When times get tough, who do you call? Your spouse, partner, family member, or a friend? Maybe a colleague? Are you a member of a group that meets regularly to talk about life? If you have not already built a support team, it’s time to start.
Having a support network and knowing when to reach out for guidance is important. Everyone needs help occasionally, and you’ll find that cultivating a reliable support team benefits your emotional health and makes you a stronger leader.
Building your support team outside of the office
Studies show a lack of support in general can lead to depression. This may be amplified for leaders, because in addition to the regular stress of life, they carry additional pressure. Plus, leadership is isolating. The old saying “it’s lonely at the top” is true, but it doesn’t have to be.
Authentic leaders counteract the stress of leadership by traveling with company. In Discover Your True North, we talk to Piper Jaffray CEO Tad Piper. Piper is a member of three support groups that meet regularly. He attends Alcoholics Anonymous meetings, a couples group, and a Bible study. He credits each of these with positively impacting his life.
“Most of us don’t find the balance we desperately seek,” he said. “It is incredibly valuable to be reinforced by others who are wrestling with similar issues and actually doing something about them.”
Support groups allow you to hear new perspectives and put yourself in another’s shoes. Leaders tend to think of their decisions as final, but incorporating outside opinions allows you to see your choices for how they impact the bigger picture. Your support team also helps you keep a level head. When power and wealth pull you off course, your support network will keep you on track and hold you accountable.
In Discover Your True North, you read that gaining self-awareness through feedback is vital to your success as a leader. Support groups offer a natural source of feedback; they are necessary for your growth.
Developing support within your organization
An article from the University of Rhode Island points out that organizations are focusing more and more on specialized employees. Perhaps as a leader, you are hiring for a specific expertise right now. If your organization is full of various personalities and you make a decision without any input, you could negatively impact the majority of the company. However, if you bring multiple stakeholders into the decision-making process, you are more likely to get a true cause and effect response, and a decision that fully accounts for possible outcomes.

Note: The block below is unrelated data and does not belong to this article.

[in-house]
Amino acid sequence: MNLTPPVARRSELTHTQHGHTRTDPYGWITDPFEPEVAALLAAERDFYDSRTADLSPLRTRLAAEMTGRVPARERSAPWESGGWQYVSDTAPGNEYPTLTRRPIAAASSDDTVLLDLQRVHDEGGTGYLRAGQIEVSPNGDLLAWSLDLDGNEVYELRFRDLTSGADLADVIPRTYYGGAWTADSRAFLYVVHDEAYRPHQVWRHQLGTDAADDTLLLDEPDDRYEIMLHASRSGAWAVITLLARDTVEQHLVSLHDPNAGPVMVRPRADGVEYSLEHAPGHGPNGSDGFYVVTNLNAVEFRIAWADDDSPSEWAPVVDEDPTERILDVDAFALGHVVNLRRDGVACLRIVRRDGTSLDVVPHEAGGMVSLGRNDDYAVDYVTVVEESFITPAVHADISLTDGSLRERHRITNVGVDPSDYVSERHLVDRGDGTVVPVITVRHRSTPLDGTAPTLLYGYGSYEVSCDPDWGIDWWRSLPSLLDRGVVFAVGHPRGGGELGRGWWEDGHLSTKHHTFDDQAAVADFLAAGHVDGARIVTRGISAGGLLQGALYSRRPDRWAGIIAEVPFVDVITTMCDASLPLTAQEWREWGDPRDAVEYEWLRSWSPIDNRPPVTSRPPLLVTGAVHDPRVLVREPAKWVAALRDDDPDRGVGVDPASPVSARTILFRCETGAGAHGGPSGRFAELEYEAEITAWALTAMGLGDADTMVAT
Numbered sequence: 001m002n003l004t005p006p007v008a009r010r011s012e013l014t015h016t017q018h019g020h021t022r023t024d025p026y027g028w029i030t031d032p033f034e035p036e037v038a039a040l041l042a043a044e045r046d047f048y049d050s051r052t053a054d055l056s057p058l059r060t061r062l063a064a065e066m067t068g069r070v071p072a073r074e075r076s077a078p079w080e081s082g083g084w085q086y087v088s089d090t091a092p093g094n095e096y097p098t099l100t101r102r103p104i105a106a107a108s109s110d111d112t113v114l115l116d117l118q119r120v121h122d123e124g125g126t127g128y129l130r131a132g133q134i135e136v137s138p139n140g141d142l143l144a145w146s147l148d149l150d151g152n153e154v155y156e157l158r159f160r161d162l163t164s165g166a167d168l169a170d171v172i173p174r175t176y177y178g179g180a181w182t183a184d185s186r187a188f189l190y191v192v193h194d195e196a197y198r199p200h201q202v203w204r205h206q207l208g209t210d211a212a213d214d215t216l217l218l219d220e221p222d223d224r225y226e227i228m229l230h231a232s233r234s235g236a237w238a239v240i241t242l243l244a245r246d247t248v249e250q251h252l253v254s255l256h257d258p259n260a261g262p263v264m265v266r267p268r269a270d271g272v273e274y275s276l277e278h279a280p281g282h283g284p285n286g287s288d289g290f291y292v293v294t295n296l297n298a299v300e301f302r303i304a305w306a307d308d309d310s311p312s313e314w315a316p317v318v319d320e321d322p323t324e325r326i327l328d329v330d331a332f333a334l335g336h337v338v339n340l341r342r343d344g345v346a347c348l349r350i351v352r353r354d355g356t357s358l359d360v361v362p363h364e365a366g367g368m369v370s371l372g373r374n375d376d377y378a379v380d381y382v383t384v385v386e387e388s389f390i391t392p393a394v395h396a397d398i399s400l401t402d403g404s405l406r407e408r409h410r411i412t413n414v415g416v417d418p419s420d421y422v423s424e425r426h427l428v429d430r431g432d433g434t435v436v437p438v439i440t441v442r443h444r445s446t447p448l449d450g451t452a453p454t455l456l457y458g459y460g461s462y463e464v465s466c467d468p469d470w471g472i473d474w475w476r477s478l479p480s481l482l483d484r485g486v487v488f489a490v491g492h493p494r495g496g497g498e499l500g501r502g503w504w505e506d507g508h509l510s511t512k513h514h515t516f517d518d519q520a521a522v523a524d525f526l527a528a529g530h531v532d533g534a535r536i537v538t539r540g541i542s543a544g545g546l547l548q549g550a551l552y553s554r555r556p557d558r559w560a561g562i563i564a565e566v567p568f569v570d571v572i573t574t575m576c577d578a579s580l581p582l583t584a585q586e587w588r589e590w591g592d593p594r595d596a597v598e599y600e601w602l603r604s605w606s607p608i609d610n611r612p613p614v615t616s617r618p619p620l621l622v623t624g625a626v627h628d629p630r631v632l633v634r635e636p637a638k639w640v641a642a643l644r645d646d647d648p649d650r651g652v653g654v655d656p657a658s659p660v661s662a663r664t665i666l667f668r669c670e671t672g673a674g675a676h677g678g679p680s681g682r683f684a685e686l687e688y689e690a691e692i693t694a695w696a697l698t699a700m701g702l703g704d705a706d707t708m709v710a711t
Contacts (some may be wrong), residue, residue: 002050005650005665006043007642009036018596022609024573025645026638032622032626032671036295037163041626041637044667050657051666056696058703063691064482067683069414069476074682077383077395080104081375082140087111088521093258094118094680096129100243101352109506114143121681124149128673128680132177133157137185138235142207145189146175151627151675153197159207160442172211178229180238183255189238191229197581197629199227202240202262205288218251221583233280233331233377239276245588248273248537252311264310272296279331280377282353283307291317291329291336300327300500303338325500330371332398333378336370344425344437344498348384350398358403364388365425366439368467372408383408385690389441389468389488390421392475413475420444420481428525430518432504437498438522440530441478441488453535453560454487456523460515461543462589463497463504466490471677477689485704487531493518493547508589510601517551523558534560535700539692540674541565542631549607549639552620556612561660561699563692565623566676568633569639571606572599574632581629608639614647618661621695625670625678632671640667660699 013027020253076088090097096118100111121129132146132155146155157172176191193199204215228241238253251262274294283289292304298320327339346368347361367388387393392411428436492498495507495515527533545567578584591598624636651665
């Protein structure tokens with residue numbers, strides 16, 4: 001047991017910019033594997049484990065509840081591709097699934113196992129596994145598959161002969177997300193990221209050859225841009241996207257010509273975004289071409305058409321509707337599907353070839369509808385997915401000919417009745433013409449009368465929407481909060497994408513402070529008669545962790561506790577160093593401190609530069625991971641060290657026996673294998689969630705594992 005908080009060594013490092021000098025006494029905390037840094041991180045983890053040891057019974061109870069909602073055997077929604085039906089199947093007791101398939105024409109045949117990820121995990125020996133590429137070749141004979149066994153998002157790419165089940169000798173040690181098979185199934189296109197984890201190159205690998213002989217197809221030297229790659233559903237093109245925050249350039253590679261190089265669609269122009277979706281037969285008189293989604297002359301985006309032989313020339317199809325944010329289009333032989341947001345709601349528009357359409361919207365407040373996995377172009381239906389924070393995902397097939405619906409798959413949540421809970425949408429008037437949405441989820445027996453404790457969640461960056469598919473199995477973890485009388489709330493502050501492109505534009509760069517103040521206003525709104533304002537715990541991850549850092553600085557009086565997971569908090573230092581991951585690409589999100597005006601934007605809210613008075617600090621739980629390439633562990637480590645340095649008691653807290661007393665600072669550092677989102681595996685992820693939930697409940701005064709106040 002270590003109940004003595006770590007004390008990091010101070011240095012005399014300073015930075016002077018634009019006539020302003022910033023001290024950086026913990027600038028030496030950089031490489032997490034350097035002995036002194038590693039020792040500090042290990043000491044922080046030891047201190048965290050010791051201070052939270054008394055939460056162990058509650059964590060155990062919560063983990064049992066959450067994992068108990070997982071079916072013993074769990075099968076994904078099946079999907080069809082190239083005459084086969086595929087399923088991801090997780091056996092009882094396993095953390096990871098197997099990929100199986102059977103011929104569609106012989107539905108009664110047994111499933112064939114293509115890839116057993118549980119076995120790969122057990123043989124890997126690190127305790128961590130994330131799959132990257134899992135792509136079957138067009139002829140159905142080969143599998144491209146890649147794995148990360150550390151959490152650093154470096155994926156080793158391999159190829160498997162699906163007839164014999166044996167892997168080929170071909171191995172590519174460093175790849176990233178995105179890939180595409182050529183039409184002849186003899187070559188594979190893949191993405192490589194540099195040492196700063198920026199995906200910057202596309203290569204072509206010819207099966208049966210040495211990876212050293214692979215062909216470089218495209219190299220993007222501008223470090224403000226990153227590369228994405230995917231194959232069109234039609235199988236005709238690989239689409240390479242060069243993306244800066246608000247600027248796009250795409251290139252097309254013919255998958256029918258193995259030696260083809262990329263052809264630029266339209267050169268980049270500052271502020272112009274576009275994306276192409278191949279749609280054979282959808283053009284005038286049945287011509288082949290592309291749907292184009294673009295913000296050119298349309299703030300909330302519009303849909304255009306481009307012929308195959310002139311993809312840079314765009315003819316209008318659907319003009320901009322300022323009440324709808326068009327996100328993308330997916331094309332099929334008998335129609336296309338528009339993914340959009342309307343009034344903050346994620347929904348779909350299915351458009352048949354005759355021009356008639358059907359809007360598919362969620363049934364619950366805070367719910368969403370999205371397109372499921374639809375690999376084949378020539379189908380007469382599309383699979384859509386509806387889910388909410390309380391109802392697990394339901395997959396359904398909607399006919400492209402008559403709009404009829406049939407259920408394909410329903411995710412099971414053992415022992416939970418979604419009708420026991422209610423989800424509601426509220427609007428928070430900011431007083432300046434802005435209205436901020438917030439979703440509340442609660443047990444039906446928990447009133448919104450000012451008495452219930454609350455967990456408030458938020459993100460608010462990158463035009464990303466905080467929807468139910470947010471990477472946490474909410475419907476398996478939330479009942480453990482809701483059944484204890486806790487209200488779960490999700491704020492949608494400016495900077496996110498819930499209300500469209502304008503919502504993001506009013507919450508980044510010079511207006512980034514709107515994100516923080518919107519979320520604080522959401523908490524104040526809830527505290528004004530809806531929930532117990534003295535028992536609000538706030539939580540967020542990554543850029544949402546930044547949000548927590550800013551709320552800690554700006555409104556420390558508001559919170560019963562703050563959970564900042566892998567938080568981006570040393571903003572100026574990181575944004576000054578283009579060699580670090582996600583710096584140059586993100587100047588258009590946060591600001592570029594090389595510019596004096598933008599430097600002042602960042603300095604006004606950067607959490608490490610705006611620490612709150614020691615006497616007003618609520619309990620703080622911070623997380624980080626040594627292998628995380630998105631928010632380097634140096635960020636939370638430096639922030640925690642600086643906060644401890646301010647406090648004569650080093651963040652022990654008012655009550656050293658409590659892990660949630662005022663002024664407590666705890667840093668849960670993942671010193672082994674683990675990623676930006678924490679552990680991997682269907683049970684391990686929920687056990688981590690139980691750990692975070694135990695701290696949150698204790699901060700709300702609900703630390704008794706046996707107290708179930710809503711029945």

Shared decision-making also engenders trust. Employees appreciate being heard — especially Millennials, who want to feel empowered by a collective vision. Sharing the pressure of leadership is a way to be more open and vulnerable. Remember our discussion about how vulnerability humanizes a leader and draws a team closer? It’s all starting to come together.
Mentoring is a two-way street
Mentors are an important part of your support team. The benefits of having a mentor are clear. You can seek advice, bounce ideas off an experienced person, hear about obstacles and talk through challenges before they arise. But it may be equally valuable to provide this guidance to others. Lasting relationships must flow both ways.
The best mentoring relationships spark mutual learning. If you are mentoring someone, you’ll find you learn about your own industry as you talk through what you know.. You will also gain the perspective of another, often younger, person. You will see the business through a different lens. This offers valuable insight into what is working well and can expose where change is needed. Thirdly, you will develop valuable relationships. You will grow close with your mentee and gain access to a broader swathe of people as your mentee moves into the world.
Art Markman, author of Smart Thinking, puts these benefits of mentoring in three buckets: “Learning by Teaching,” “Building a Neighborhood,” and “Perspective on Your Career.” This is a nice summary of what we talk about in Discover Your True North. Mentoring is an act of self-growth, networking, and gaining new perspectives. Mentoring another person is, for a leader, a valuable component of support.
True North Groups
A True North Group is a small community of people who engage in intimate discussions about their lives and work. In 2011, I wrote True North Groups with my good friend Doug Baker Sr. We wanted to present a clear structure that allowed groups to efficiently extract honest communication. If you find yourself lacking support, start a group of your own.
When you feel the winds of life beginning to pull you off course, reach out for support. A support team or a True North Group is a great way to develop your self-awareness and move forward into honest communication. Support keeps you balanced. It’s irreplaceable if you want to become an authentic leader and continue toward your True North.
Learn more about this topic in Chapter 7: Support Team.